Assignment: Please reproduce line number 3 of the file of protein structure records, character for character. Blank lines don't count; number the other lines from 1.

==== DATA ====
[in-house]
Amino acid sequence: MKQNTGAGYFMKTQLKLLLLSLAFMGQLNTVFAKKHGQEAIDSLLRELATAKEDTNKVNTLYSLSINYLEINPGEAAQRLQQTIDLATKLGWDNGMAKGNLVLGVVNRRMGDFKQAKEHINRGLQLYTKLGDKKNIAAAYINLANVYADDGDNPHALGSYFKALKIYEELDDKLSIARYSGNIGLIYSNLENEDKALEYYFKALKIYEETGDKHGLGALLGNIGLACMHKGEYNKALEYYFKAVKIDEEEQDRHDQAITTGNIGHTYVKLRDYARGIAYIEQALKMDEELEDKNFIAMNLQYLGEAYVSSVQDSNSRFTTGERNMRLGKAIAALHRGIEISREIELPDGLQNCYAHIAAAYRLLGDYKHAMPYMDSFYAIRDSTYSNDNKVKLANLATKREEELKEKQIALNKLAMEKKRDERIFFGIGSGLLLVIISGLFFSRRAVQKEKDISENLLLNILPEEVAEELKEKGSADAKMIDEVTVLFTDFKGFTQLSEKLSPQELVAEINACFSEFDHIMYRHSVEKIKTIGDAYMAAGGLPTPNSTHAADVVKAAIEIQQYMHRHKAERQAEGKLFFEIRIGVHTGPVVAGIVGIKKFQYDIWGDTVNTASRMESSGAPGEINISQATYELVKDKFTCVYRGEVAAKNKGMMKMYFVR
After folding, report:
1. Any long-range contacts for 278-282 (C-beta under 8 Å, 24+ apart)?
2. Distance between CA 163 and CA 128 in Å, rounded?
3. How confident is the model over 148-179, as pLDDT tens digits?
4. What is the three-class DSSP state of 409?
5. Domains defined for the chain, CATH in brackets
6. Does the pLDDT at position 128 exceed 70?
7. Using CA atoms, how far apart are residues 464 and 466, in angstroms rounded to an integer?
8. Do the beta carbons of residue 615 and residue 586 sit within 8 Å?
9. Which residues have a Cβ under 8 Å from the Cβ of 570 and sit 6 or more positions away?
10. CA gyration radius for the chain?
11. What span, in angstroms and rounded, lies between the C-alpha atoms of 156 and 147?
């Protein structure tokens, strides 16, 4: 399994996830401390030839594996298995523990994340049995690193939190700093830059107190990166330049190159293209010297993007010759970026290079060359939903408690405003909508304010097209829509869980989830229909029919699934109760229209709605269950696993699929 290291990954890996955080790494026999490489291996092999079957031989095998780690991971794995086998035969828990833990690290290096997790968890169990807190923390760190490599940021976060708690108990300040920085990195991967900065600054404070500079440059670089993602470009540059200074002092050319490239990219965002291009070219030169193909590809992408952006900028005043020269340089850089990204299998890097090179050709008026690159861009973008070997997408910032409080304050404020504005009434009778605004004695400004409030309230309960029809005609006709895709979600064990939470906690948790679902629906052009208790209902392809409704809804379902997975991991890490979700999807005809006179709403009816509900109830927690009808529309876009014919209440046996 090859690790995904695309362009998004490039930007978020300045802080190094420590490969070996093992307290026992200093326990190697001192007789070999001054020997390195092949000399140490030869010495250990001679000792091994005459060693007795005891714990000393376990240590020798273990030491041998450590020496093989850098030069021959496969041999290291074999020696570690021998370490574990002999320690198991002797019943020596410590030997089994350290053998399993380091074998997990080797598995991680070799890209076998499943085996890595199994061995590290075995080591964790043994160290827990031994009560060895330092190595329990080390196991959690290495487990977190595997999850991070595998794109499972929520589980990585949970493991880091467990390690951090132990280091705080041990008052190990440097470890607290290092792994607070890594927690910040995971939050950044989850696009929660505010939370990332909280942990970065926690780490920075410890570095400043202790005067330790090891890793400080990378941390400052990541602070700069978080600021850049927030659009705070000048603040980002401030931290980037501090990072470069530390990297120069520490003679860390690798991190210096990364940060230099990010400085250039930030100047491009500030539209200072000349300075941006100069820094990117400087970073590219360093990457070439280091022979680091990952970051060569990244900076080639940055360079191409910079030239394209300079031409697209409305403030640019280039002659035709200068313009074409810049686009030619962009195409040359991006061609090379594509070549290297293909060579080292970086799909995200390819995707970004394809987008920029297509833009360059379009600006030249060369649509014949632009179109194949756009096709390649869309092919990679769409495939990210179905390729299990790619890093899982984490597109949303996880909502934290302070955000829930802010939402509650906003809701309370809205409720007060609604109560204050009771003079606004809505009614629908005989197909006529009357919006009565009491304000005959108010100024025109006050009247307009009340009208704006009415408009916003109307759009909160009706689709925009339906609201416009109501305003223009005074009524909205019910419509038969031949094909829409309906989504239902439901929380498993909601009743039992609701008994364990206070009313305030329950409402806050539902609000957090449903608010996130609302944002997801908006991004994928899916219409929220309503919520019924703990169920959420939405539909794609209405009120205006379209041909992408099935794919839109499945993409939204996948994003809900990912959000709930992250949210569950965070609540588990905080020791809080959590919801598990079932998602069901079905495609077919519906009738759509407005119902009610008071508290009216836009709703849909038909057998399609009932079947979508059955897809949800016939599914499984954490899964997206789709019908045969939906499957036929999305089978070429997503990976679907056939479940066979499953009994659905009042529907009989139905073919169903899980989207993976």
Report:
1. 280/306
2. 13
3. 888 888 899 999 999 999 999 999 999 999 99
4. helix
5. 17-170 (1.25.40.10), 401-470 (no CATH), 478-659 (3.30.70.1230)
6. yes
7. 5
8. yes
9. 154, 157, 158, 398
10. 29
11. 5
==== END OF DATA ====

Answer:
After folding, report: